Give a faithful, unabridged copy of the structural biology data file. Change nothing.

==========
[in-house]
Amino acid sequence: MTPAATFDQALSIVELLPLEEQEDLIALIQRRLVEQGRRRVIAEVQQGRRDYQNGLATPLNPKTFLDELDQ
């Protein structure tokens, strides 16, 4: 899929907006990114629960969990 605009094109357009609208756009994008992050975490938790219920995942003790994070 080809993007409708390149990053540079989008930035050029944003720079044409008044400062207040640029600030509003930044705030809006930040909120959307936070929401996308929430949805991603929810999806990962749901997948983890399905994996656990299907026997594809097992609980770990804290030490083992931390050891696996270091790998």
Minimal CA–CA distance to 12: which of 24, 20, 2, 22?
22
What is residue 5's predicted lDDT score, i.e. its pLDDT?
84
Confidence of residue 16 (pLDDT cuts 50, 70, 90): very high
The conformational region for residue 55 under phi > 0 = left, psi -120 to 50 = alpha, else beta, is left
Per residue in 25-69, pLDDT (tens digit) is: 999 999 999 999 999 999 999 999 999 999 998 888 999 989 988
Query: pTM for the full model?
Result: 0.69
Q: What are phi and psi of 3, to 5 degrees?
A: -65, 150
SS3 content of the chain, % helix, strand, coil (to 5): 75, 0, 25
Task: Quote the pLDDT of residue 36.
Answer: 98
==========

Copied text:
[in-house]
Amino acid sequence: MTPAATFDQALSIVELLPLEEQEDLIALIQRRLVEQGRRRVIAEVQQGRRDYQNGLATPLNPKTFLDELDQ
């Protein structure tokens, strides 16, 4: 899929907006990114629960969990 605009094109357009609208756009994008992050975490938790219920995942003790994070 080809993007409708390149990053540079989008930035050029944003720079044409008044400062207040640029600030509003930044705030809006930040909120959307936070929401996308929430949805991603929810999806990962749901997948983890399905994996656990299907026997594809097992609980770990804290030490083992931390050891696996270091790998």
Minimal CA–CA distance to 12: which of 24, 20, 2, 22?
22
What is residue 5's predicted lDDT score, i.e. its pLDDT?
84
Confidence of residue 16 (pLDDT cuts 50, 70, 90): very high
The conformational region for residue 55 under phi > 0 = left, psi -120 to 50 = alpha, else beta, is left
Per residue in 25-69, pLDDT (tens digit) is: 999 999 999 999 999 999 999 999 999 999 998 888 999 989 988
Query: pTM for the full model?
Result: 0.69
Q: What are phi and psi of 3, to 5 degrees?
A: -65, 150
SS3 content of the chain, % helix, strand, coil (to 5): 75, 0, 25
Task: Quote the pLDDT of residue 36.
Answer: 98